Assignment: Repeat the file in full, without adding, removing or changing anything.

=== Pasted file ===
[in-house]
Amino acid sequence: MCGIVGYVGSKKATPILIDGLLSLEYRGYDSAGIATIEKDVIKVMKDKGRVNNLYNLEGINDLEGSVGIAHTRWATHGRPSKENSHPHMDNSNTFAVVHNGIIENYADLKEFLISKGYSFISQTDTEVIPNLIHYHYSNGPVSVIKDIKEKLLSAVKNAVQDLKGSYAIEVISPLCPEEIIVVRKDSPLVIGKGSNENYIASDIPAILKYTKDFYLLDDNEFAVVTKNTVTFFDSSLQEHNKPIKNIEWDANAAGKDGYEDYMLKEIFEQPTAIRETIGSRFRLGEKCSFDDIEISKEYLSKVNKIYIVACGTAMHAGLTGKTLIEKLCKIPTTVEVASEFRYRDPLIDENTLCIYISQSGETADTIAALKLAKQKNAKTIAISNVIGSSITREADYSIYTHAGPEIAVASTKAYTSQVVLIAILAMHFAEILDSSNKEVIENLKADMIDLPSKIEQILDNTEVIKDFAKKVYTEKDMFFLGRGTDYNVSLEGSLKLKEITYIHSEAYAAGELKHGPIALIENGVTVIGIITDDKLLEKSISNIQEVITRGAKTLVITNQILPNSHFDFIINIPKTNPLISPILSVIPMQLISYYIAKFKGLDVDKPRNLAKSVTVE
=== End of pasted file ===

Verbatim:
[in-house]
Amino acid sequence: MCGIVGYVGSKKATPILIDGLLSLEYRGYDSAGIATIEKDVIKVMKDKGRVNNLYNLEGINDLEGSVGIAHTRWATHGRPSKENSHPHMDNSNTFAVVHNGIIENYADLKEFLISKGYSFISQTDTEVIPNLIHYHYSNGPVSVIKDIKEKLLSAVKNAVQDLKGSYAIEVISPLCPEEIIVVRKDSPLVIGKGSNENYIASDIPAILKYTKDFYLLDDNEFAVVTKNTVTFFDSSLQEHNKPIKNIEWDANAAGKDGYEDYMLKEIFEQPTAIRETIGSRFRLGEKCSFDDIEISKEYLSKVNKIYIVACGTAMHAGLTGKTLIEKLCKIPTTVEVASEFRYRDPLIDENTLCIYISQSGETADTIAALKLAKQKNAKTIAISNVIGSSITREADYSIYTHAGPEIAVASTKAYTSQVVLIAILAMHFAEILDSSNKEVIENLKADMIDLPSKIEQILDNTEVIKDFAKKVYTEKDMFFLGRGTDYNVSLEGSLKLKEITYIHSEAYAAGELKHGPIALIENGVTVIGIITDDKLLEKSISNIQEVITRGAKTLVITNQILPNSHFDFIINIPKTNPLISPILSVIPMQLISYYIAKFKGLDVDKPRNLAKSVTVE